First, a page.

It's been a long time since life necessitated I make that meal again. But this week in Forks, after a week without any form of cooking appliance, Vanessa and I were in command of a microwave and within walking distance of a supermarket. In the land of the free (refills of steak fries with any burger purchase) we had options!

The following is the recipe for VanessaAndBrad Meal:

image 1904 from bradism.com

1x Jolly Green Giant frozen riced broccoli and cauliflower
1x Jolly Green Giant frozen riced sweet potato and cauliflower
1x Uncle Ben's microwaveable long grain brown rice sachet
2x Thrifty Mart essentials tinned Chili Beans
1x Air New Zealand salt and pepper from cutlery bag

The concept is identical. Heat the vegetables in their bags and let stand for a few minutes while microwaving the rice and the beans in the Tupperware you brought from home. Mix everything together and salt/pepper liberally. Eat. Open and close the motel room door vigorously a few times so the Forks mist can dilute the aroma of microwaved chilli beans.

Castaway

image 1899 from bradism.com

How I looked after four days without internet...
And another week of holidays with internet.

image 1901 from bradism.com

We stayed in Sol Duc Valley - world wide web dead-zone - the past three nights and, surprisingly, I did not miss the internet all that much. It's not like I prepared with much offline content. I just did lots of hiking, listened to an audiobook, sat in hot-springs and drank $1.49 cans of craft beer from the resort store to get through.

By my second day offline, woodland creatures were literally visiting me.

image 1900 from bradism.com

This morning I ate breakfast at a waterfall. Eventually we emerged from the valley to free motel WiFi and a bunch of notifications that were almost all completely dismissable. What is the value of the internet, really?

Posting pictures of breakfasts at waterfalls I guess.

image 1902 from bradism.com

American Sausage

Today's holiday breakfast was a 1100 calorie sausage holding in some eggs and tomato. There were some slices of toast, a beetroot pattie, and some onion in there too. I did pat that sausage down with some paper towel...

image 1905 from bradism.com

Luckily I followed this up immediately with about 9 kilometres of alpine hiking where I burnt around 1100 calories. Hiking at altitude is great because you get in less oxygen and (some science later) burn off more breakfast.

image 1906 from bradism.com

The air temperature up Mount Hood was around 4°C but the inclines kept me warm. The sky was crisp and the mountain air pure, but every time I exhaled I smelt only sausage. (It tasted great)

Spicy Brown Mustard

image 1907 from bradism.com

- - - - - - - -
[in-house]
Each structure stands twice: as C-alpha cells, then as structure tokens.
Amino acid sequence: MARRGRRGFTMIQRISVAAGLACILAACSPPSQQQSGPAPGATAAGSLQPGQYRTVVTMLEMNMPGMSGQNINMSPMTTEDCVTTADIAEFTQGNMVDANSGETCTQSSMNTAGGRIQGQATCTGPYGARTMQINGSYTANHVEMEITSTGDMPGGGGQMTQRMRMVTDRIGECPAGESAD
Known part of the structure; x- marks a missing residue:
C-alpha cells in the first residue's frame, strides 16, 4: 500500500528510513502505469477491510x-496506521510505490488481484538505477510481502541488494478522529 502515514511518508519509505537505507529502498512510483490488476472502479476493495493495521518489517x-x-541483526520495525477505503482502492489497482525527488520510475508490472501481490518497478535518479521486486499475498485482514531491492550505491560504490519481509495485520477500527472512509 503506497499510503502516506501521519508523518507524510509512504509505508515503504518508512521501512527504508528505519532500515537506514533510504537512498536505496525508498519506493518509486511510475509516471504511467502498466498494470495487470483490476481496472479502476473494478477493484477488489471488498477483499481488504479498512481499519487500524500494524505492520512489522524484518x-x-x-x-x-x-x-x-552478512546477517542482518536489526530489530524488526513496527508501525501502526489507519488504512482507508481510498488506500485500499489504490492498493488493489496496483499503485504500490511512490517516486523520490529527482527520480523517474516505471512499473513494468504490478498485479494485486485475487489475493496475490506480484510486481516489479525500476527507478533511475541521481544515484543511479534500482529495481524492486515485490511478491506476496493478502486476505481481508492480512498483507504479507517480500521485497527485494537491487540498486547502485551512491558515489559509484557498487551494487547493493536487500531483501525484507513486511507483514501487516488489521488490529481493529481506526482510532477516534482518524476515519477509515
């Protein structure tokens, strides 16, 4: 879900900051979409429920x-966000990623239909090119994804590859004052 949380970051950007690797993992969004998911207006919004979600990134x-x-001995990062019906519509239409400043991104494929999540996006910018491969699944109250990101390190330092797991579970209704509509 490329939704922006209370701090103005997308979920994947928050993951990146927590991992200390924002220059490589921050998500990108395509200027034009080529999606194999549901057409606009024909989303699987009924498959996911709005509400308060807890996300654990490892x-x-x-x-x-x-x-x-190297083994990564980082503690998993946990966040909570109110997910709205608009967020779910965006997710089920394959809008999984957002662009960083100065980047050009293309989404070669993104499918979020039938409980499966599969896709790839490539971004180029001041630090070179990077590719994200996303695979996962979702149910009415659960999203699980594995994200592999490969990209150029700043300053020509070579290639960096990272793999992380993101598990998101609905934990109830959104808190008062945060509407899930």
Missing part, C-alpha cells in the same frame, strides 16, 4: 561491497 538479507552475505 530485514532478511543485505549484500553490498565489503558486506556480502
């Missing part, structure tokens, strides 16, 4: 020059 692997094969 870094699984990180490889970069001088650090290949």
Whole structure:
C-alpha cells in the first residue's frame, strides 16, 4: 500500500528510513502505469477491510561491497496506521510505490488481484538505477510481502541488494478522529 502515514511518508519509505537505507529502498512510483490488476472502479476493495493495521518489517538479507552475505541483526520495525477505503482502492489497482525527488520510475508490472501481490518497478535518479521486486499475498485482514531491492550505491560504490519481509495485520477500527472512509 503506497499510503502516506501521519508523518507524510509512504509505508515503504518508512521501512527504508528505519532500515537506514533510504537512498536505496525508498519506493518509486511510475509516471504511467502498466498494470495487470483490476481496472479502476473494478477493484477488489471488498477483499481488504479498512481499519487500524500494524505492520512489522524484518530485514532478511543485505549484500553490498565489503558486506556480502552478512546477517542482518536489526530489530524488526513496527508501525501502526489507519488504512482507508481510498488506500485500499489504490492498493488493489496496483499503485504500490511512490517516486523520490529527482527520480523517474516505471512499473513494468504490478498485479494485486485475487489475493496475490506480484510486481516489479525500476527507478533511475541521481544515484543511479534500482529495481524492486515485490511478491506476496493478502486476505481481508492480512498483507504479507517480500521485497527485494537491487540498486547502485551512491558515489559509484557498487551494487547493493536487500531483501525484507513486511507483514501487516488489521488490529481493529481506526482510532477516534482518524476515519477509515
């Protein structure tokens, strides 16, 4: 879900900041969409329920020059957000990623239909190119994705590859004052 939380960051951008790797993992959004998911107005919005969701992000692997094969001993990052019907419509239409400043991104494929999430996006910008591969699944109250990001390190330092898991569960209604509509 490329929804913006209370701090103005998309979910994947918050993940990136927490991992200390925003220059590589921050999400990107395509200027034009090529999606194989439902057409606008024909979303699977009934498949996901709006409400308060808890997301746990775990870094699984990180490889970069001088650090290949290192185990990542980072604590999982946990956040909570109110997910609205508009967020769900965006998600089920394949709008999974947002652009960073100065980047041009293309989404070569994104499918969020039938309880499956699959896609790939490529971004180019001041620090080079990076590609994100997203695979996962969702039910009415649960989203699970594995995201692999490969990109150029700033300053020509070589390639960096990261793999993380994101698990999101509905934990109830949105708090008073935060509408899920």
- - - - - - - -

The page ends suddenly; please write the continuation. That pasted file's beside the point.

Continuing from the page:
This was Spicy Brown Mustard. It added flavour, salt and moisture to dozens of tuna, chicken and turkey sandwiches across Washington and Oregon these past weeks, all while never needing refrigeration on hikes or highways. You deserved better than to be tossed, half full, into a garbage can 50 miles out from Portland. But that's how you went out, because I need that free space in my suitcase for three boxes of cereal and longnecks of IPA.

My Entry About Being Killed By A Bear

Plaster casts of bear prints from near the vending machines at the Hurricane Ridge Visitor's Center.

Plaster casts of bear prints from near the vending machines at the Hurricane Ridge Visitor's Center.

A few months back I was shopping for the upcoming trip to the Pacific Northwest. I stood in the camping store's dressing room, checking the fit of a merino shirt and the realisation suddenly hit me: This was the shirt I would be wearing when I was killed by a bear.

It wasn't the first premonition like this that I'd had. My new hiking boots were also the ones I'd be wearing when I was killed by a bear. My new hiking pants would be the ones I would soil when the bear's claws ended my life. Funnily, the previous marino shirt I had been wearing in the change room was also the shirt I would be wearing when I was killed by a bear. (Seriously, merino shirts are amazing for hiking.)

It may seem a little ironic to worry about bear attacks when I come from Australia and go into the ocean regularly. There shark attacks happen regularly. In Washington State you can count the number of bear attacks in the past fifty years on two hands (assuming you haven't survived a shark attack in Australia).

Why is it our nature to assume the worst? Does it help us prepare for the unlikely? I did learn the rhyming mnemonic for how to react to a bear's aggression. And I whistled occasionally as we walked, letting my boots crunch and thud a little louder than they needed to.
Or, are these kinds of fears a reflection of our ingrained narcissism? Why would a bear want to kill me? How would surviving a bear attack affect my character arc? Would hiking in the Washington wilderness have been less fun if there hadn't been at the edge of my perception the constant threat of bear attack?

When my nineteen days out of the city over, and presuming nothing would go horribly wrong in the Portland Zoo, or the San Francisco international departures terminal, I was a little disappointed to not even have seen a bear. On the plus side I hadn't been gored and eaten, but on the minus, there was no good journal entry in that.

Too busy napping to even try and kill me.

Too busy napping to even try and kill me.

I wasn't killed by a bear, although I did get stung by a wasp when closing a hot tub cover. My instincts had proven to be wildly inaccurate. I'd lived on the edge and enjoyed it; death gives me no hints to its schedule.